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    Description

    Archive of Machinist Bernice Francis Johnson, USN Prize Crew Member of Imperial Japanese Navy I-400 Submarine.
    Many fascinating stories came out of World War II, but few more intriguing than that of the top-secret Japanese I-400 submarine. The top secret Imperial Japanese Navy I-400 Class Submarine Aircraft Carrier was the design and concept of Admiral Isoroku Yamamoto. Just after the raid on Pearl Harbor, Admiral Yamamoto devised the strategy of taking the fight to the U.S. mainland by striking both the eastern and western seaboards using submarine-launched aircraft. The resulting submarines, I-400, I-401 and I-402, would be the largest of WWII. These submarines were capable of circumnavigating the globe without refueling and carried the specially designed Aichi M6A Seiran aircraft. These formidable medium strike bombers could launch, attack, land at sea, and be reloaded into the I-400 hangar in a matter of only a short time. This early stealth technology allowed surprise raids on coastal cities subsequently leaving the Naval Command trying to find a traditional aircraft carrier.

    Fortunately, the three submarines produced never saw action as intended. The secret project was delayed by the early death of Admiral Yamamoto and, ultimately, the submarines were ready too late in the war. Having been completed too late to serve their original purpose and, after several scrapped missions, including attacking the locks at the Panama Canal, the submarines were surrendered to the U. S. Navy after the capitulation of Japan.

    The I-400 submarine was captured by the Submarine Tender U.S.S. Proteus [AS-19] on August 27, 1945. Crew members of the Proteus, as well as several other ships, were chosen to board to I-400 for inspection. The I-400 was moored alongside the U.S.S. Proteus and taken to Tokyo Bay where it sat until after the formal signing of the Instrument of Surrender of Japan aboard the U.S.S. Missouri on September 2, 1945. After the signing, the submarine was sailed to Hawaii by a crew of engineers to study its design and function. After only a matter of eight months, the remaining I-400 class submarines were taken north of Oahu and scuttled in order to prevent the Soviet Union from observing or receiving the technology. This class of submarines remained the largest in the world until the development of nuclear ballistic submarines in the 1960s. Their design and construction played a large role in the post-war development of new U.S. submarines.

    Very little is known to exist from the I-400 project. Having been designated Top Secret by the Imperial Japanese Navy and also a war-time secret of the U.S. Navy, it was not until the late 20th century that information became academically available. The discovery of the Machinist Bernice F. Johnson Archive led to the comprehensive history I-400 Japan's Secret Aircraft-Carrying Strike Submarine: Objective Panama Canal by Henry Sakaida, Gary Nila and Koji Takaki [2010]. The U.S. Navy also captured an Aichi M6A Seiran Aircraft from a factory in Japan. This aircraft is permanently displayed behind the B-29 Enola Gay at the Smithsonian Institute of Air & Space, Udvar Hazy Smithsonian Annex in Chantilly, Virginia.

    Offered here is the archive compiled by career U.S. Navy Machinist Bernice F. Johnson who was chosen as a member of the Prize Crew to sail the I-400 submarine from Tokyo Bay to Honolulu to study the design and capabilities of the U.S. Navy's largest surrendered prize. Machinist Johnson led the crew of enlisted men who worked on and sailed the submarine. His notes, recordings and other reports were instrumental in compiling the official intelligence reports about the submarine. This one-of-a-kind archive contains important pieces taken from the I-400 submarine including the data plaque from the hangar showing the stealth technology by which the airplane engines could be warmed with oil and water before surfacing, guaranteeing optimal operating temperatures for an immediate take-off. The other highlights from the archive are a full hand-written crew muster roll of all members of the submarine, original photograph of the crew posed on the deck (the only such photo known to exist) and a Japanese Submarine Qualification Badge. In addition to these items are several other small relics removed from the submarine included the straight razor of crew-member Mechanic Chief Petty Officer Sute Jiro Shimazu, an unused set of Imperial Japanese Navy flight-suit collar tabs and a booklet of shore leave passes for Yokosuka Naval Base. The items from Machinist Johnson include several service records (one showing service aboard the I-400 and I-401 from August 1945 to March 1946), Commander Kissinger intelligence report about the I-400 and I-401, several original photographs, his personal note book, some insignia and a newspaper article about his involvement with the I-400. This special collection was the inspiration and driving force behind the publication of the aforementioned 2010 book. Many of the items in the archive are prominently utilized in the book and its research. A special 1st edition signed copy of the book is included in this lot.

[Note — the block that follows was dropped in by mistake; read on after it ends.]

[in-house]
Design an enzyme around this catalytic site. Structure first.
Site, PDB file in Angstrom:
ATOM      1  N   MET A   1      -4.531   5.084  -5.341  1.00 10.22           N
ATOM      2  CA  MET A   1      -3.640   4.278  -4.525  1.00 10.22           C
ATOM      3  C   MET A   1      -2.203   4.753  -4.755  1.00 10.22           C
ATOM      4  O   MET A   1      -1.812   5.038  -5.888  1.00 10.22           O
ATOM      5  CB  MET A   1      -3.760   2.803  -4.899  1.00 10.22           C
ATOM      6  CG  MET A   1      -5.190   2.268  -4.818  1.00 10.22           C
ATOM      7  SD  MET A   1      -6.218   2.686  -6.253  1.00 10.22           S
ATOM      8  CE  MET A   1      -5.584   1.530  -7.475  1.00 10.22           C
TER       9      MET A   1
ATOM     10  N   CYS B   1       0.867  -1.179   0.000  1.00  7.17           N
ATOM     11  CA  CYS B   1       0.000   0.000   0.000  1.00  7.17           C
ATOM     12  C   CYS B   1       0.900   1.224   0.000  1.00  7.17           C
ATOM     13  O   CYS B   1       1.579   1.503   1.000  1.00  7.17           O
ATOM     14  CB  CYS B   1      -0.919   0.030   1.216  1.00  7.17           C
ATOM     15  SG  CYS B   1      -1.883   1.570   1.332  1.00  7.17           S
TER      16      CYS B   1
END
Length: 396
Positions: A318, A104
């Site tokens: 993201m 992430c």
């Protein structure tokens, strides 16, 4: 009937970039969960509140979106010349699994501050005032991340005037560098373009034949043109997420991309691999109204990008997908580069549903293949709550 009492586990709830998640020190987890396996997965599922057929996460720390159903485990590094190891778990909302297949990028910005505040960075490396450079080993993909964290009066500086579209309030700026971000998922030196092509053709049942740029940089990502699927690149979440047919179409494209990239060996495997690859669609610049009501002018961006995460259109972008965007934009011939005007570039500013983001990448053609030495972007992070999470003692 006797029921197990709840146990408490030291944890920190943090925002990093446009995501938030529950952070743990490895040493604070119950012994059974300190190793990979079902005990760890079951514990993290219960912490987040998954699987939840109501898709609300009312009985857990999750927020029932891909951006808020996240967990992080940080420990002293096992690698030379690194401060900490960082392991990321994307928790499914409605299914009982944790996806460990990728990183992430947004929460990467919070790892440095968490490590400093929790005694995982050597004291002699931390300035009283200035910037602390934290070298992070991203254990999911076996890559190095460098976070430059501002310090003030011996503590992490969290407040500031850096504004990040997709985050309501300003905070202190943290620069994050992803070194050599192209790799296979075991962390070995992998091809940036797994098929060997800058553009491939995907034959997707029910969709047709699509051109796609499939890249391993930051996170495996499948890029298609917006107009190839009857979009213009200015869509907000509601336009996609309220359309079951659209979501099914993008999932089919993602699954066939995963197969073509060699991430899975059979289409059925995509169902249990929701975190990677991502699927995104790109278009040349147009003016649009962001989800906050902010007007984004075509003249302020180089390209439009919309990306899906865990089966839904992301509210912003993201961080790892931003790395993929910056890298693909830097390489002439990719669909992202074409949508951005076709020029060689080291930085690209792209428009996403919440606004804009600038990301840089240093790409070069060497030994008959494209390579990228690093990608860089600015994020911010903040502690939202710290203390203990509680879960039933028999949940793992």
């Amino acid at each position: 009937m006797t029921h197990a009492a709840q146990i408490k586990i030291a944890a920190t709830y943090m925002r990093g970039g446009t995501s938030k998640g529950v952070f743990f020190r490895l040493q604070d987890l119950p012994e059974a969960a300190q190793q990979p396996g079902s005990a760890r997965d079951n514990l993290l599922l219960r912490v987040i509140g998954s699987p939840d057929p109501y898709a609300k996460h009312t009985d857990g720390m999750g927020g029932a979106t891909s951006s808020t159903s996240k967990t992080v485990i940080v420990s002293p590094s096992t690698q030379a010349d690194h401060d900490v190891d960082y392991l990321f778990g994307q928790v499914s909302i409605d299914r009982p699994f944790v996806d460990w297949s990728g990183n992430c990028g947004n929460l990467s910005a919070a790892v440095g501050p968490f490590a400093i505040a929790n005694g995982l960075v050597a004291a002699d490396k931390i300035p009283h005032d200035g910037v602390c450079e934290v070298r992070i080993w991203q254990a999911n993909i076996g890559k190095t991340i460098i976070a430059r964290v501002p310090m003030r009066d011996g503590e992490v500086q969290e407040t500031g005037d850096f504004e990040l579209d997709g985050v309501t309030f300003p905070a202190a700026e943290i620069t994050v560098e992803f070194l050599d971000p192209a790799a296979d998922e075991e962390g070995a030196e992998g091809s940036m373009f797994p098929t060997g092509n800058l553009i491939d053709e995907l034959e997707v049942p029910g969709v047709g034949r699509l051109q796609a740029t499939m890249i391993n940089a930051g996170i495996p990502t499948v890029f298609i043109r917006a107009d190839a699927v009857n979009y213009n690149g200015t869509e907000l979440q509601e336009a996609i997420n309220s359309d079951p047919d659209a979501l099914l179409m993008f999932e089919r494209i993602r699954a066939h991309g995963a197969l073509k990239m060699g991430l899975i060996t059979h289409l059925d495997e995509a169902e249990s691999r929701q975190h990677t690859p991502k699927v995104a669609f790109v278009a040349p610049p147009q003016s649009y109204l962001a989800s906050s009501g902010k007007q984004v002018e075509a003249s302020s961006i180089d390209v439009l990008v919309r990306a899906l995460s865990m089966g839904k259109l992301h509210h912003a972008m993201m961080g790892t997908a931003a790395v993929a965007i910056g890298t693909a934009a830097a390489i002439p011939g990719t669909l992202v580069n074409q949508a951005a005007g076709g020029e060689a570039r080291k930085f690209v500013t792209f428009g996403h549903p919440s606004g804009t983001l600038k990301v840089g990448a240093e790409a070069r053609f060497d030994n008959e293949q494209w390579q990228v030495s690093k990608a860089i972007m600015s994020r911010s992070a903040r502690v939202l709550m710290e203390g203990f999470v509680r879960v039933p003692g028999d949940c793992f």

Provenance: Bernice F. Johnson, Gary Nila.

    The term "museum quality" is sometimes used rather liberally by auction catalogers. However, it is most appropriate in the case of the this unique group of artifacts from one of World War II's most amazing, little-known stories.


    Auction Info

    Auction Dates
    December, 2019
    14th Saturday
    Bids + Registered Phone Bidders: 1
    Lot Tracking Activity: N/A
    Page Views: 631

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